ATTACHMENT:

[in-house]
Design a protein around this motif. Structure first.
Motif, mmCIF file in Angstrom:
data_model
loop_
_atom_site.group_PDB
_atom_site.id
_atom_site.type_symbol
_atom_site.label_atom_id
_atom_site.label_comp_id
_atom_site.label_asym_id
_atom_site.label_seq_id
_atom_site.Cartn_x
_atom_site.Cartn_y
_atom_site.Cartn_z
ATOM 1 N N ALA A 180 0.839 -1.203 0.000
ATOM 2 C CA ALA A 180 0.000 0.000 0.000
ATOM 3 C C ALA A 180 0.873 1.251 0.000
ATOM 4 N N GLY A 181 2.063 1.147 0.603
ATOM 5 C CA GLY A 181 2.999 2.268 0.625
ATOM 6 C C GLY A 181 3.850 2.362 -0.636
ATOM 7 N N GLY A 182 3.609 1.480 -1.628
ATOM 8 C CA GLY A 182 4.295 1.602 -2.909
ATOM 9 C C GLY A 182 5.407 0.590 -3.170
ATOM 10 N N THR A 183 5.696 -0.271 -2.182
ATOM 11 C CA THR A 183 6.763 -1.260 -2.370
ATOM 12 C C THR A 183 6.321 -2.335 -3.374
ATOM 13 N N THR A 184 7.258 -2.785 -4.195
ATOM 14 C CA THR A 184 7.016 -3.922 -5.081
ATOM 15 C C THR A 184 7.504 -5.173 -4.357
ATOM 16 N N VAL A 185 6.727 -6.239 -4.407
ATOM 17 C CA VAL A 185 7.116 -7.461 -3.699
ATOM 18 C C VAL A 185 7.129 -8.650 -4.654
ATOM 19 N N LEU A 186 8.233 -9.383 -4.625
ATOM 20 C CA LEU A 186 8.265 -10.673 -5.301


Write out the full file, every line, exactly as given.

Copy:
[in-house]
Design a protein around this motif. Structure first.
Motif, mmCIF file in Angstrom:
data_model
loop_
_atom_site.group_PDB
_atom_site.id
_atom_site.type_symbol
_atom_site.label_atom_id
_atom_site.label_comp_id
_atom_site.label_asym_id
_atom_site.label_seq_id
_atom_site.Cartn_x
_atom_site.Cartn_y
_atom_site.Cartn_z
ATOM 1 N N ALA A 180 0.839 -1.203 0.000
ATOM 2 C CA ALA A 180 0.000 0.000 0.000
ATOM 3 C C ALA A 180 0.873 1.251 0.000
ATOM 4 N N GLY A 181 2.063 1.147 0.603
ATOM 5 C CA GLY A 181 2.999 2.268 0.625
ATOM 6 C C GLY A 181 3.850 2.362 -0.636
ATOM 7 N N GLY A 182 3.609 1.480 -1.628
ATOM 8 C CA GLY A 182 4.295 1.602 -2.909
ATOM 9 C C GLY A 182 5.407 0.590 -3.170
ATOM 10 N N THR A 183 5.696 -0.271 -2.182
ATOM 11 C CA THR A 183 6.763 -1.260 -2.370
ATOM 12 C C THR A 183 6.321 -2.335 -3.374
ATOM 13 N N THR A 184 7.258 -2.785 -4.195
ATOM 14 C CA THR A 184 7.016 -3.922 -5.081
ATOM 15 C C THR A 184 7.504 -5.173 -4.357
ATOM 16 N N VAL A 185 6.727 -6.239 -4.407
ATOM 17 C CA VAL A 185 7.116 -7.461 -3.699
ATOM 18 C C VAL A 185 7.129 -8.650 -4.654
ATOM 19 N N LEU A 186 8.233 -9.383 -4.625
ATOM 20 C CA LEU A 186 8.265 -10.673 -5.301